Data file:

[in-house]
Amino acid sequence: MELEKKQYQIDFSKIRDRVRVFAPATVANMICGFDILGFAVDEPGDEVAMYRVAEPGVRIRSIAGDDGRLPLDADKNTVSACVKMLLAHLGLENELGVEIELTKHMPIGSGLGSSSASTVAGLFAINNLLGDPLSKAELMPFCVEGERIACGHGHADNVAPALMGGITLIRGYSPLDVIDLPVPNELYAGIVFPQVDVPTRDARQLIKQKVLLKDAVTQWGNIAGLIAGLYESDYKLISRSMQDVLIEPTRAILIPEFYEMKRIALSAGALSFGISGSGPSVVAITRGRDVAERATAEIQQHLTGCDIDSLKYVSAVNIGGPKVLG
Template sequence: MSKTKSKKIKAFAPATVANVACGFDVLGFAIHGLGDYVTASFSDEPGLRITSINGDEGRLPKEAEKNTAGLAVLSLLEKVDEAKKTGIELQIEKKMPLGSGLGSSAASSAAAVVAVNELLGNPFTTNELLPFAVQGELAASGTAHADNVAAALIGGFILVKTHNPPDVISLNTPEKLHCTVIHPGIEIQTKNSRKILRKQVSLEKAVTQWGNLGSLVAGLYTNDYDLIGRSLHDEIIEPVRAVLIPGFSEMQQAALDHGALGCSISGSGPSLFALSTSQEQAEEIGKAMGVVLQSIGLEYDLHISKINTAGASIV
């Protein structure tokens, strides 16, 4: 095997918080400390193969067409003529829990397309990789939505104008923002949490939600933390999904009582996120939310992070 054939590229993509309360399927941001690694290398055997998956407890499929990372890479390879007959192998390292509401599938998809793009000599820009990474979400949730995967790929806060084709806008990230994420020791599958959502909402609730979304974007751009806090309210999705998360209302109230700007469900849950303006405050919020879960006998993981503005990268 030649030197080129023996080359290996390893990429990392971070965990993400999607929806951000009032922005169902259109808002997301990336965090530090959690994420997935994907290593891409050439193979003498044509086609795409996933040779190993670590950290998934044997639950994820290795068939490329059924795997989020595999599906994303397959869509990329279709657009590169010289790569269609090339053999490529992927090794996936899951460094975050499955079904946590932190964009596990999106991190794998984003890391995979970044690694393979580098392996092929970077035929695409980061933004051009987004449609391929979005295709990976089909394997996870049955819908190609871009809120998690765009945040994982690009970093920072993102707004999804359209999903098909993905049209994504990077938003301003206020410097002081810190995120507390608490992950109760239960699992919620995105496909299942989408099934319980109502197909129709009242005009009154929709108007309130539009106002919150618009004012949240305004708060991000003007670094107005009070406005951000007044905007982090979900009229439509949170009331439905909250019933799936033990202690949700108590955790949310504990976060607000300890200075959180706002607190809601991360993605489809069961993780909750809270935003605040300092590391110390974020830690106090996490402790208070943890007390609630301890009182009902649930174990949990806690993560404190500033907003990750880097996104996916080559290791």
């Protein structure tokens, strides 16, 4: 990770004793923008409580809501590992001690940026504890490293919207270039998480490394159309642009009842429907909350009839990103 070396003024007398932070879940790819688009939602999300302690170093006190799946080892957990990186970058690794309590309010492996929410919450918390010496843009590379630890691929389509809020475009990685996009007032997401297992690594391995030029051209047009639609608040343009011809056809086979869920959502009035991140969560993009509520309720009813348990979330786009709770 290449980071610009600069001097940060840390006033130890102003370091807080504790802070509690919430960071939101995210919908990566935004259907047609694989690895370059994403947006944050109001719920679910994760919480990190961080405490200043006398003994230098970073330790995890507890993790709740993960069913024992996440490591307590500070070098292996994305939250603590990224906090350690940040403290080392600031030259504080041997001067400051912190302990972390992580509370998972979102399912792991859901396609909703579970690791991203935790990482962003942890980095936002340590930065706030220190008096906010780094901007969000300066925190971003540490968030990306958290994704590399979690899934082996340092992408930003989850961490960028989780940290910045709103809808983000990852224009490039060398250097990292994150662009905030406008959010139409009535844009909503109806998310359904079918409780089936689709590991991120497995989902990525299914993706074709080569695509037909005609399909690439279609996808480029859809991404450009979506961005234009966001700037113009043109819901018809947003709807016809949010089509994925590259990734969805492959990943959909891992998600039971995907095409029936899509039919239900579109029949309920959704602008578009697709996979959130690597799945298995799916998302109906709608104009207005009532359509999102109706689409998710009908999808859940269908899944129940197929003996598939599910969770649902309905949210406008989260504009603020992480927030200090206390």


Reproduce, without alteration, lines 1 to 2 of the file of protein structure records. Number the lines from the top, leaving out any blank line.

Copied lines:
[in-house]
Amino acid sequence: MELEKKQYQIDFSKIRDRVRVFAPATVANMICGFDILGFAVDEPGDEVAMYRVAEPGVRIRSIAGDDGRLPLDADKNTVSACVKMLLAHLGLENELGVEIELTKHMPIGSGLGSSSASTVAGLFAINNLLGDPLSKAELMPFCVEGERIACGHGHADNVAPALMGGITLIRGYSPLDVIDLPVPNELYAGIVFPQVDVPTRDARQLIKQKVLLKDAVTQWGNIAGLIAGLYESDYKLISRSMQDVLIEPTRAILIPEFYEMKRIALSAGALSFGISGSGPSVVAITRGRDVAERATAEIQQHLTGCDIDSLKYVSAVNIGGPKVLG